Bitch Planet #10 Review

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Writer: Kelly Sue DeConnick / Artist: Valentine De landro / Image Comics

Bitch Planet is back and it has not missed a step! We’re picking this book back up with the bomb that was dropped in the last: the secret Facility One housing inmates, which includes Kamu’s sister, have been released to the general population of Bitch Planet by a grief-stricken father by way of Meiko Maki, who discovered what happened to his daughter (along with some power outages). Formerly presumed dead, President Eleanor Doane has been found and has emerged as the new leader of this new revolution happening on Bitch Planet… and to see her speak and command attention was awe-inspiring.

For what it’s worth, I would follow Elaeanor Doane to the ends of the earth, or to the corner store for a half galloon of milk — whatever comes first. She knows my number. And my mama’s number.

This entire issue is going to grab your attention and keep you on your toes — but this isn’t a new thing for Bitch Planet. However, this issue just solidifies why we love this comic so much and why you dare not turn away: the good, the bad, and the ugly, it’s all here. We see rebellion and reunions. And ass whoopings. And more with a middle finger to the male gaze, too. A particular scene is one I can’t forget, that I really want to touch on without getting into the more spoiler-y panels of this issue:

Y’all peep what happened to Whitney earlier on? Tossed away by her people, folks she thought was on her side? No longer useful in the upkeep of the oppression of others, she has literally been tossed aside. It’s a sobering sight, and one I see as a visual of what’s happening to many women today, especially here at home in the States: for example, some 53 percent of white women voted for 45 and may especially feel betrayed with the introduction and passing of the AHCA which is perhaps the most dire health bill introduced that will affect women ever in our country.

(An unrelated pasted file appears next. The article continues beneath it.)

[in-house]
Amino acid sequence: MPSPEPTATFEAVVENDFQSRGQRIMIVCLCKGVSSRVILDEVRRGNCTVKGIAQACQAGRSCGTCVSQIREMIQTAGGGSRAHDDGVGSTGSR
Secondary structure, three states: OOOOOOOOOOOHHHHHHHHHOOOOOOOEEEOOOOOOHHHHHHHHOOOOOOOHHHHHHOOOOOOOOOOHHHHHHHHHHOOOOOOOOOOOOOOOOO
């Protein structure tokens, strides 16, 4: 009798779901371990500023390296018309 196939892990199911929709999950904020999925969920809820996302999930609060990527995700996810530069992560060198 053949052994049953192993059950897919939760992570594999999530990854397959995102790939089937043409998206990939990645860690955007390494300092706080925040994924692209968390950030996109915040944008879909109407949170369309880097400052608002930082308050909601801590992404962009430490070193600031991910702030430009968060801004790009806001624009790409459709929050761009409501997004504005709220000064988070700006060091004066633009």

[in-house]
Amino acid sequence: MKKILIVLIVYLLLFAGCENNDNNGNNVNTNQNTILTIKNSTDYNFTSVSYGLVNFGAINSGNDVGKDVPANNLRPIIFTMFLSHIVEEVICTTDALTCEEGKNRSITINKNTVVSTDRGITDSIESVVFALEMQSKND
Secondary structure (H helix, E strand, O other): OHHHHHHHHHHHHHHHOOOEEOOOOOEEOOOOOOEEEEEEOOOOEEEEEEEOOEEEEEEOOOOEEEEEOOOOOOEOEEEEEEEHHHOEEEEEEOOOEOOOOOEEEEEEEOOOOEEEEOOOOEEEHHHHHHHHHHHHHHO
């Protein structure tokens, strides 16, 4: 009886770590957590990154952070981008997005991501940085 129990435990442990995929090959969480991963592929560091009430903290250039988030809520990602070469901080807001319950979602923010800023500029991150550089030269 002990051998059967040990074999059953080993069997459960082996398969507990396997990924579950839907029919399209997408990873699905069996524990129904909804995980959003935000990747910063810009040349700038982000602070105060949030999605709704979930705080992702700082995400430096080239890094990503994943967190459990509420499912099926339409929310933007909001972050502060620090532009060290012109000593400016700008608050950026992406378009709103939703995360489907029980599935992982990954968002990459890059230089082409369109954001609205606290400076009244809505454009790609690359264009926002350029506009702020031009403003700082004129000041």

94% of Black Women. Black Women are the superheroes that the world doesn't deserve.
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94% of Black Women. Black Women are the superheroes that the world doesn’t deserve.

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This is for the 94% of black women who tried to save us all by casting our votes so 45 wouldn’t be elected. This is for the women of color who know that they won’t have the same protections as protestors and activists as they would if there were white. This is for all the women-identifying folks who went to the Women’s March earlier this year and had to constantly see signs aligning having a certain body part to womanhood.

Yup, this is also for all the black women who had to sit through these awful hot takes on BeyoncĂ© by white women and all the unfunny parodies of Lemonade that no one asked for (I’m looking at you, Amy Schumer.)

This was already a brilliant issue, but the ending was a nicely tied bow on top of it all. De Landro’s art style never feels forced to be something it’s not — it’s stark and gritty in a sense: perfect for this book and explosive when it needs to be, especially in the last pages. The timing of the action and the pop of color, of red in different places in the different panels are visually stunning. This issue stuns. This issue of Bitch Planet drops some bombs. This issue of Bitch Planet rights the ship in the right direction. I needed to read this comic book. I’m glad the creative team did the damn thing and pushed this shit out.

10 “I AM READY FOR WHATEVER HAPPENS” out of 10

Fancy yourself Non-Compliant too? Find BNP’s other reviews of Bitch Planet here.

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  • Carrie McClain

    Reviewer/Editor/Magical Girl

    Carrie McClain is writer, editor, social media maven and media scholar. Other times she's known as a Starfleet Communications Officer, Comics Auntie, and Golden Saucer Frequenter. Shuri is her favorite Disney Princess. Nowadays you can usually find her buried under a pile of Josei manga. She/Her

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